Additionally I feel that since we are not dealing with a sole commodity-the appliance itself. Purchase price varies with site conditions.  
  • CMadatMe
    CMadatMe Member Posts: 3,086
    Options
    Time

    I don't think there is a definitive answer to that question. If I'm saving whichever amount it is on a yearly bases that's payback. To say you will recoup 100% in x amount of time is a crap shoot.

    There was an error rendering this rich post.

  • Jamie Hall
    Jamie Hall Member Posts: 23,439
    Options
    Sort of general thoughts

    Back in another life, one of the things I had to do from time to time was calculate cost/time and cost/benefit ratios for various (usually large) engineering projects, as part of evaluating the best design path to follow.



    It is not all that difficult to do -- provided one makes some assumptions.  Some of them can be made moderately accurately for some types of projects.  Some of them are pure blue sky.



    Cost of money.  If the project is to be paid for by bonding, and only if, the cost of money can be quantified reasonably accurately.  Otherwise, it's a guessing game for anything farther out than six months.  This only becomes a real problem, though, if there are two (or more) options which differ significantly in capital costs, but also offer significantly different operations or maintenance costs (about which more below).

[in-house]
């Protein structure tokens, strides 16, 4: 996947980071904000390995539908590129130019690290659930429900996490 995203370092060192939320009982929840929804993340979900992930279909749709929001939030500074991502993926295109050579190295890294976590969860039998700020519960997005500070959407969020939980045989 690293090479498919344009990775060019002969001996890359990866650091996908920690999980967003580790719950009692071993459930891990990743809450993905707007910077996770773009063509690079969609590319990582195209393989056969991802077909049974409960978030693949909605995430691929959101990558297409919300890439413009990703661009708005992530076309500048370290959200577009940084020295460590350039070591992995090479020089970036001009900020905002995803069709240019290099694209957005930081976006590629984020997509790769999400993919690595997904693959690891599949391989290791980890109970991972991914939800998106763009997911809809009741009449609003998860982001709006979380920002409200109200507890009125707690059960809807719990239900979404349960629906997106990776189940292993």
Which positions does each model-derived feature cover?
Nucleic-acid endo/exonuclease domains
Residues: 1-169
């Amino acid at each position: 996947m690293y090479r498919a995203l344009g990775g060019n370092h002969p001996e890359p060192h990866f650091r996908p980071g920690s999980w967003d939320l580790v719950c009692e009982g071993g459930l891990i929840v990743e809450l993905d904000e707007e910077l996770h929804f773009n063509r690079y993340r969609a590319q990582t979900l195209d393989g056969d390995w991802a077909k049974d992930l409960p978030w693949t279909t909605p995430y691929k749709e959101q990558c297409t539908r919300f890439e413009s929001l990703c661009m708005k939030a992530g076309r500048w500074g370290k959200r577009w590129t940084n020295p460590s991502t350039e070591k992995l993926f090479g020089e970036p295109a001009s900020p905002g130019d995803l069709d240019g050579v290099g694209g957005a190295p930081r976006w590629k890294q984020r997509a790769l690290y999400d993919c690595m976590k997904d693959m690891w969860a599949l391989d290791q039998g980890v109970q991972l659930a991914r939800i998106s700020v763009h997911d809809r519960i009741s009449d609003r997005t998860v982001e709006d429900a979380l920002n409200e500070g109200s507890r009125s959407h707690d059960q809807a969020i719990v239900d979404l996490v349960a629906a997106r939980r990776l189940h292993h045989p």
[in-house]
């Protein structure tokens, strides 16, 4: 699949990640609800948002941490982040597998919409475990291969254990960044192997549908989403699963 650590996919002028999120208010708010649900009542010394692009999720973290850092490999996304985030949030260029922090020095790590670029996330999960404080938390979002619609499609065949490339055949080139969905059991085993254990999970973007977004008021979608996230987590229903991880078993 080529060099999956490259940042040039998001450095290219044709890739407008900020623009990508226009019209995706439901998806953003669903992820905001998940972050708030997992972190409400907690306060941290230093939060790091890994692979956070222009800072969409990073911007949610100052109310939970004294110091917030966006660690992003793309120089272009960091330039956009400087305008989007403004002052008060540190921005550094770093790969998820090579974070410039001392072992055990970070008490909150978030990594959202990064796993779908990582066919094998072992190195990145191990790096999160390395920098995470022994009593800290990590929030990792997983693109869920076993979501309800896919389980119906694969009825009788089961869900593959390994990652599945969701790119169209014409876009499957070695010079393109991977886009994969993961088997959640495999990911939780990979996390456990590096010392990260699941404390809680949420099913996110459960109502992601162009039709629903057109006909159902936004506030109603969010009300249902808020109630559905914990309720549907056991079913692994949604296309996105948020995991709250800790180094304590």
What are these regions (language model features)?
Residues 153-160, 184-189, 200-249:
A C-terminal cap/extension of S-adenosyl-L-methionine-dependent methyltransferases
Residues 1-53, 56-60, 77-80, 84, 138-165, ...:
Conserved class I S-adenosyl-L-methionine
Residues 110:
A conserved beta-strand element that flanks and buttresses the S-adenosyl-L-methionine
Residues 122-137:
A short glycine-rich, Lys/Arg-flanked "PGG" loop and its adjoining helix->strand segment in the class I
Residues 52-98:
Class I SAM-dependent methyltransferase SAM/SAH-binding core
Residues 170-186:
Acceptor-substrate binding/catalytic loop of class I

Operating cost.  If the operating cost includes fuel (like a boiler...), then again anything much beyond six months gets pretty shaky, unless the project is big enough to have long term fuel contracts or hedges on the futures market.  I dare say there are very few home owners who do that past a year...



    Maintenance costs.  This can be a significant factor, and should be included.  Oddly, given experience with the equipment it is the most susceptible to long range estimating, as inflation rates (which affect it) are significantly less volatile than either operating or money costs.



    Bottom line?  I would not care to put my stamp on a cost/benefit or cost/time analysis for a home heating system...
    Br. Jamie, osb
    Building superintendent/caretaker, 7200 sq. ft. historic house museum with dependencies in New England
  • Mad Dog_2
    Mad Dog_2 Member Posts: 7,109
    Options
    Thats the key right there......charge for it

    You can't spend all that time doing a heat loss and design for a potential customer and not charge for it....its only fair and they should understand, but sometimes don't.  Mad Dog
  • Techman
    Techman Member Posts: 2,144
    Options
    Payback